What’s the deal with Eggnog?
Have you ever wondered why Eggnog is so synonymous with the holidays?
That sweet, thick, creamy, off-white liquid seems to be the drink of choice this time of year. But why is eggnog associated with Christmas? and why can’t you get it any other time of year?
According to food historian and Babson College professor Frederick Opie:
“The term eggnog evolved out of two slang words used in urban areas like colonial New York, Boston, Charleston, and Mobile: colonist referred to rum as grog; bartenders served rum in small wooden carved mugs called noggins. Thus the drink eventually became egg-n-grog and over time eggnog. When the American Revolution resulted in dwindling trade between North America and the Caribbean, Americans began to substitute locally distilled spirits or moon-shine for rum in their eggnog.”
The common Eggnog recipe used in the 1930s was as such:
Take one egg, separate white and yellow, add teaspoonful sugar to yellow and beat until light. Beat whites until very stiff. Beat one to two tablespoonfuls charred keg corn whiskey into prepared yellow. This is supposed to “cook” the egg. Gradually beat in the white. Pour into tall glass and drink. Milk and whipped cream may be added to taste. (Notes, Reports, and Essays, South Carolina Folder, WPA Records, Library of Congress)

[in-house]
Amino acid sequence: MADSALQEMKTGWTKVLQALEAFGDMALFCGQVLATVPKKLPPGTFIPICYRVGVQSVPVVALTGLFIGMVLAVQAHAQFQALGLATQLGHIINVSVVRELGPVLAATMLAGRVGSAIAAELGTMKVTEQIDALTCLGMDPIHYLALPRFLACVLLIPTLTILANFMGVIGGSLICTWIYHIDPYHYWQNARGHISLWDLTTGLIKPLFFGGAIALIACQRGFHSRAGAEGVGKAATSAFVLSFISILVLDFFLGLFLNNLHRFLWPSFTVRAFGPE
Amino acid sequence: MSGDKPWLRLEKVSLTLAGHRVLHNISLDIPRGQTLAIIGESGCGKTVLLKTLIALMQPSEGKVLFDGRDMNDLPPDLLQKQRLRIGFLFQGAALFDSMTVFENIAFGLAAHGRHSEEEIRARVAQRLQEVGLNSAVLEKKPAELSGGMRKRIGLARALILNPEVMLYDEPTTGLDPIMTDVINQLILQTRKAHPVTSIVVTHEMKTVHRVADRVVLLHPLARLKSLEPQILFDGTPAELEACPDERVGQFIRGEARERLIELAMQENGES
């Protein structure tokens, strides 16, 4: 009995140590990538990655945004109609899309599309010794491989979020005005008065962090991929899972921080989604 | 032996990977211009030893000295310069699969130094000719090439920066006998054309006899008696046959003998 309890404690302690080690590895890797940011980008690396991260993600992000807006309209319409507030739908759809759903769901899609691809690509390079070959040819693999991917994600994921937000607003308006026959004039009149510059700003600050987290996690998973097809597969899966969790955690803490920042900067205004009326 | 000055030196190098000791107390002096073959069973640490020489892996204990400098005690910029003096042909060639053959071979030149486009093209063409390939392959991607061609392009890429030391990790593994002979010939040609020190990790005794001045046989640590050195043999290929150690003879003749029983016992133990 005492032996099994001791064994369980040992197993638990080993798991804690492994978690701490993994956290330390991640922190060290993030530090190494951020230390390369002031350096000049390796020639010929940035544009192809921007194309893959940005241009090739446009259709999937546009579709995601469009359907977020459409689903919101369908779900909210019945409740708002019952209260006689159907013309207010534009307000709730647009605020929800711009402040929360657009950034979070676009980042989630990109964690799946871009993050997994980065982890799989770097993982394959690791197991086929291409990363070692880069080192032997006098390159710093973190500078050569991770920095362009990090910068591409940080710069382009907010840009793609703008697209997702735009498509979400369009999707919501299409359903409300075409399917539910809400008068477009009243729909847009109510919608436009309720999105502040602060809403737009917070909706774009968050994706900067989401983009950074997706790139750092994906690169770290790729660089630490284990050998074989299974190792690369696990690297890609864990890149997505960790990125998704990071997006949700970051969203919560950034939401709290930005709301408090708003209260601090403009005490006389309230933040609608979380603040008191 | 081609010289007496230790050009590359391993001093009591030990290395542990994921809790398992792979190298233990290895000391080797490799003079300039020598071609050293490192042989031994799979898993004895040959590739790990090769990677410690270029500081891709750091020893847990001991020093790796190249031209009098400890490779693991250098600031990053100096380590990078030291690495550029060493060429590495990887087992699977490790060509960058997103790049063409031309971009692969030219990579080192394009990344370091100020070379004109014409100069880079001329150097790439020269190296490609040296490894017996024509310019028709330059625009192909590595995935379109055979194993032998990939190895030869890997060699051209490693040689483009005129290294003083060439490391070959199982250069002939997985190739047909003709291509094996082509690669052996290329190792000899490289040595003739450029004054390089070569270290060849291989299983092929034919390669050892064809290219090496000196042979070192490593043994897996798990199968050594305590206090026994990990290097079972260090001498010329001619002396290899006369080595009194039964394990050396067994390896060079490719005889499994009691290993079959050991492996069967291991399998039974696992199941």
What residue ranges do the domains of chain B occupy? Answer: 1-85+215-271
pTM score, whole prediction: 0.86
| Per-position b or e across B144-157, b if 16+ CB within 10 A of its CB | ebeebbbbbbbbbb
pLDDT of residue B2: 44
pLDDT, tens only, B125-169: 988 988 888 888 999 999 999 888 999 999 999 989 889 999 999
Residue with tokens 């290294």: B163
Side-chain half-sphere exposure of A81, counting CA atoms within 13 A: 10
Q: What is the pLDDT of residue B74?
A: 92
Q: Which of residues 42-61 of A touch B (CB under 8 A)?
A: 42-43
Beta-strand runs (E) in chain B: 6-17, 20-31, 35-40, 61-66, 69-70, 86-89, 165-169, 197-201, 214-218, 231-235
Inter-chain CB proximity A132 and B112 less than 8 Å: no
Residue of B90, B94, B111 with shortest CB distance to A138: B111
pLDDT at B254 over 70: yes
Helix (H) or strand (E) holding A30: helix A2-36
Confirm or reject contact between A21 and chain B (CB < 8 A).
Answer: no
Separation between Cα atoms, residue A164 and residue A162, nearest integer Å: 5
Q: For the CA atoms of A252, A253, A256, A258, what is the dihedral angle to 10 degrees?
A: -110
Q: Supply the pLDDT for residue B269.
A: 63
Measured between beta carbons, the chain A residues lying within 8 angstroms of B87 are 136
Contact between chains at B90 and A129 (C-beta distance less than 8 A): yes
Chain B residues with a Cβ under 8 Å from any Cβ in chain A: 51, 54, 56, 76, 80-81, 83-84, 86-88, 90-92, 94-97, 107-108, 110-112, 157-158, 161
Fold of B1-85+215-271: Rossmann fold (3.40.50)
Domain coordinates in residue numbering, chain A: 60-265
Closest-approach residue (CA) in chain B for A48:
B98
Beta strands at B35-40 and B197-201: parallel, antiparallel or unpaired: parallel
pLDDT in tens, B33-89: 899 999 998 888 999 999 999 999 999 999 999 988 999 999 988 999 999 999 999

An annotation for a WPA era Kentucky eggnog recipe states:
“Before prohibition on every Kentucky bar, there was a giant punch bowl full of eggnog a week or so before Christmas until well after the new year. In the home, it made its appearance on Christmas morning and there was always an ample supply”
Eggnog as we know it came from British aristocracy:
“In the winter, the wealthy would drink warm milk and egg beverages seasoned with pricey spices such as ground nutmeg and cinnamon and expensive liquors like brandy and sherry to keep it from spoiling.”
The seasonal drink traveled across the Atlantic in the 18th century with several modifications after it arrived in colonial American taverns and homes.
Opie says, “in colonial North America, the availability of dairy products and traded rum from the Caribbean made the drink popular among free commoners, white indentured servants, and enslaved Africans. Rum—the drink of the marginalized—became the substitute for the heavily taxed brandy and wine in the colonies.”
When the drink came to America, rum was substituted. However during the American Revolution, Opie explains, rum was replaced with moonshine since supplies of rum from the Caribbean were low. That scarcity could account for eggnog’s designation a special-occasion-only drink.